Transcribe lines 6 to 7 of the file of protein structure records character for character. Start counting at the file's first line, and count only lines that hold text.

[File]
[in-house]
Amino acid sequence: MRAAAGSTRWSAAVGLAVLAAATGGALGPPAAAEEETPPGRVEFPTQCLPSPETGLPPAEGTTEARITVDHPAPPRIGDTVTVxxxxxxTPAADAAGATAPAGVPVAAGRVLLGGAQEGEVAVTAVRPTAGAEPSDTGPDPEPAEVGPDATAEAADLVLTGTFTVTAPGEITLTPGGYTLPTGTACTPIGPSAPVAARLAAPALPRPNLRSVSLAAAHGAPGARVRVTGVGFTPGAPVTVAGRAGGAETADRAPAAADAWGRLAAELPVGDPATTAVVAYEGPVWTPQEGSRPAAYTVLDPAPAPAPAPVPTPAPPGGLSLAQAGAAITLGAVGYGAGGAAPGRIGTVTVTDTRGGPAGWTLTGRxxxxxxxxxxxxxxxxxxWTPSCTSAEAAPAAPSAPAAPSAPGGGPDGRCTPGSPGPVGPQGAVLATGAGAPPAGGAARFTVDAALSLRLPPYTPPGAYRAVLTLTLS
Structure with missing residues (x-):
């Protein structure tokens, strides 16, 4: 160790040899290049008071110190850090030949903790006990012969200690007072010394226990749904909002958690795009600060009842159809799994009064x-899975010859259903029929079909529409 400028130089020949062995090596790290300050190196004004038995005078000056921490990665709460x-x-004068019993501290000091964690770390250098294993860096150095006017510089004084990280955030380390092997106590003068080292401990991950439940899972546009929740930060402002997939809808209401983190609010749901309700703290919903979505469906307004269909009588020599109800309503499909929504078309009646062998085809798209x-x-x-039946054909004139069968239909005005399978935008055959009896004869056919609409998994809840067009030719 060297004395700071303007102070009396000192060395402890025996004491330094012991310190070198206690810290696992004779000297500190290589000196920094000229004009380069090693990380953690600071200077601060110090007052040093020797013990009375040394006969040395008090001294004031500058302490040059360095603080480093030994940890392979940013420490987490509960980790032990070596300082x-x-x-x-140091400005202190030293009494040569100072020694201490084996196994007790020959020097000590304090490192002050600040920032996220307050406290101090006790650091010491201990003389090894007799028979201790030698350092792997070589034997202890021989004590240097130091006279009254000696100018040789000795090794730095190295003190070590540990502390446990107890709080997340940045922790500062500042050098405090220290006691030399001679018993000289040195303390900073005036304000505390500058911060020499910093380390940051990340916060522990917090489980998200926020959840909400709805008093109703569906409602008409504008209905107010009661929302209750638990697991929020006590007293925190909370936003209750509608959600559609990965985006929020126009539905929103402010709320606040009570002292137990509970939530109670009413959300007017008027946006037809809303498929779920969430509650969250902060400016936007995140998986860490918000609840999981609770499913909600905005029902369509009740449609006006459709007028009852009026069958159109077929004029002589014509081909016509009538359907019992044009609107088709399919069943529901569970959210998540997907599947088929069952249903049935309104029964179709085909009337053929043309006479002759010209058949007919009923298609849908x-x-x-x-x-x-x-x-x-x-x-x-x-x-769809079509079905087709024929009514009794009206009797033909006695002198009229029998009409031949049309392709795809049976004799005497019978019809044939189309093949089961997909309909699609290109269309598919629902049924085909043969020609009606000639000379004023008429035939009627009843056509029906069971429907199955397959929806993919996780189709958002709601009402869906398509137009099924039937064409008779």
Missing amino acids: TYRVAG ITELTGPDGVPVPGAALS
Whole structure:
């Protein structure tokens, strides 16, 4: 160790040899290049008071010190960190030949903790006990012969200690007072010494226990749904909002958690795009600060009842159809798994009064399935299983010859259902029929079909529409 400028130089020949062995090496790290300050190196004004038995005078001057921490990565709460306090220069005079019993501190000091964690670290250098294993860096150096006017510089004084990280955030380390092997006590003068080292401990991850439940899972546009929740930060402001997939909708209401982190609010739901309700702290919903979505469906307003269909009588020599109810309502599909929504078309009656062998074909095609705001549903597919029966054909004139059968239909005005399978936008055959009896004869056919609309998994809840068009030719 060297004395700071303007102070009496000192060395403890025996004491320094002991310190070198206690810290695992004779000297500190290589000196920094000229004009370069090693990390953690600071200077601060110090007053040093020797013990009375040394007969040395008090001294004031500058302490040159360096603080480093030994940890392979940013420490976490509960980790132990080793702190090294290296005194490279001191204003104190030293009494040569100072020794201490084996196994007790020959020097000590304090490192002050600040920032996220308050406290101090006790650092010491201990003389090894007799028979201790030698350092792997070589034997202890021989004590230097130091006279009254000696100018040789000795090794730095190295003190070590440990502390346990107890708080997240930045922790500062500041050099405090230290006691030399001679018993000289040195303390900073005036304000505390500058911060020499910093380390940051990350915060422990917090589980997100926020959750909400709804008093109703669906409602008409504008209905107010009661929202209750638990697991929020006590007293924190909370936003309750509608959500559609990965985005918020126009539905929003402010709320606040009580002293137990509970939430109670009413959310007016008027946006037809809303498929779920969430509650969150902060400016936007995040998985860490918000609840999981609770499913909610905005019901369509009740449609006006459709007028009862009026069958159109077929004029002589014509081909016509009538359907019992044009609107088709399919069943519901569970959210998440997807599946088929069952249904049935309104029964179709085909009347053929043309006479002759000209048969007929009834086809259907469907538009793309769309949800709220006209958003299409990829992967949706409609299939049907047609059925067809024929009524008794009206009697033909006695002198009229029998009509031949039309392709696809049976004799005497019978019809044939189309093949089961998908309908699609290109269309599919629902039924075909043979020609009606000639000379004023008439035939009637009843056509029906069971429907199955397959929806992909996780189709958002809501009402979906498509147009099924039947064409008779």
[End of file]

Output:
Whole structure:
């Protein structure tokens, strides 16, 4: 160790040899290049008071010190960190030949903790006990012969200690007072010494226990749904909002958690795009600060009842159809798994009064399935299983010859259902029929079909529409 400028130089020949062995090496790290300050190196004004038995005078001057921490990565709460306090220069005079019993501190000091964690670290250098294993860096150096006017510089004084990280955030380390092997006590003068080292401990991850439940899972546009929740930060402001997939909708209401982190609010739901309700702290919903979505469906307003269909009588020599109810309502599909929504078309009656062998074909095609705001549903597919029966054909004139059968239909005005399978936008055959009896004869056919609309998994809840068009030719 060297004395700071303007102070009496000192060395403890025996004491320094002991310190070198206690810290695992004779000297500190290589000196920094000229004009370069090693990390953690600071200077601060110090007053040093020797013990009375040394007969040395008090001294004031500058302490040159360096603080480093030994940890392979940013420490976490509960980790132990080793702190090294290296005194490279001191204003104190030293009494040569100072020794201490084996196994007790020959020097000590304090490192002050600040920032996220308050406290101090006790650092010491201990003389090894007799028979201790030698350092792997070589034997202890021989004590230097130091006279009254000696100018040789000795090794730095190295003190070590440990502390346990107890708080997240930045922790500062500041050099405090230290006691030399001679018993000289040195303390900073005036304000505390500058911060020499910093380390940051990350915060422990917090589980997100926020959750909400709804008093109703669906409602008409504008209905107010009661929202209750638990697991929020006590007293924190909370936003309750509608959500559609990965985005918020126009539905929003402010709320606040009580002293137990509970939430109670009413959310007016008027946006037809809303498929779920969430509650969150902060400016936007995040998985860490918000609840999981609770499913909610905005019901369509009740449609006006459709007028009862009026069958159109077929004029002589014509081909016509009538359907019992044009609107088709399919069943519901569970959210998440997807599946088929069952249904049935309104029964179709085909009347053929043309006479002759000209048969007929009834086809259907469907538009793309769309949800709220006209958003299409990829992967949706409609299939049907047609059925067809024929009524008794009206009697033909006695002198009229029998009509031949039309392709696809049976004799005497019978019809044939189309093949089961998908309908699609290109269309599919629902039924075909043979020609009606000639000379004023008439035939009637009843056509029906069971429907199955397959929806992909996780189709958002809501009402979906498509147009099924039947064409008779």